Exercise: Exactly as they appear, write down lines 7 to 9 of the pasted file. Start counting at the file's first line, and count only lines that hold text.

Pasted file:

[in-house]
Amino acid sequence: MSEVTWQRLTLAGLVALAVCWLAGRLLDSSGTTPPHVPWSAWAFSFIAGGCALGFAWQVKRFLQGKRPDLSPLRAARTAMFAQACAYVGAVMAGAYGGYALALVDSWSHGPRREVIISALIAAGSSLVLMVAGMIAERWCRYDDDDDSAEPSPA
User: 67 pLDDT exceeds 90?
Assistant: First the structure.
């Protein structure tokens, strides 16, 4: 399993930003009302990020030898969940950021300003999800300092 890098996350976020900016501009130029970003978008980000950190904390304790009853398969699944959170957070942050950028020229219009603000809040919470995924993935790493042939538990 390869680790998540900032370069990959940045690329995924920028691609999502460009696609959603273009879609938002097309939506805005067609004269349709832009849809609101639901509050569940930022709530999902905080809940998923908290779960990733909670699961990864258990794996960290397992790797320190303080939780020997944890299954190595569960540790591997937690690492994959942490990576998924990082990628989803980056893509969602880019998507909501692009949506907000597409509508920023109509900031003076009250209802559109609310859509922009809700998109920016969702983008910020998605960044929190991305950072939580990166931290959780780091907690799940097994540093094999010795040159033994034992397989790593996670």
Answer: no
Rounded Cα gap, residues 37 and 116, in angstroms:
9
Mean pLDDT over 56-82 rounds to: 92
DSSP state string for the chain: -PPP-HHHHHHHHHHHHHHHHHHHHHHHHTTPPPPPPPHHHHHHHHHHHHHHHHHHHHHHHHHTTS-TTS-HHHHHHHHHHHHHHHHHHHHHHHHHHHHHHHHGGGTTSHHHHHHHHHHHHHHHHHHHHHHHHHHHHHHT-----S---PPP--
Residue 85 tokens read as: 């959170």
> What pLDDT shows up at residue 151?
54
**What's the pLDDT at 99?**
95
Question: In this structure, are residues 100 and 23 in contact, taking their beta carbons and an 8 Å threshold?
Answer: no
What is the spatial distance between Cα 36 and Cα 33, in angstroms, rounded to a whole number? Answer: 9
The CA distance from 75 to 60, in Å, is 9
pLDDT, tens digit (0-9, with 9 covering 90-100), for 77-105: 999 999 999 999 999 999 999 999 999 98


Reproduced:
Rounded Cα gap, residues 37 and 116, in angstroms:
9
Mean pLDDT over 56-82 rounds to: 92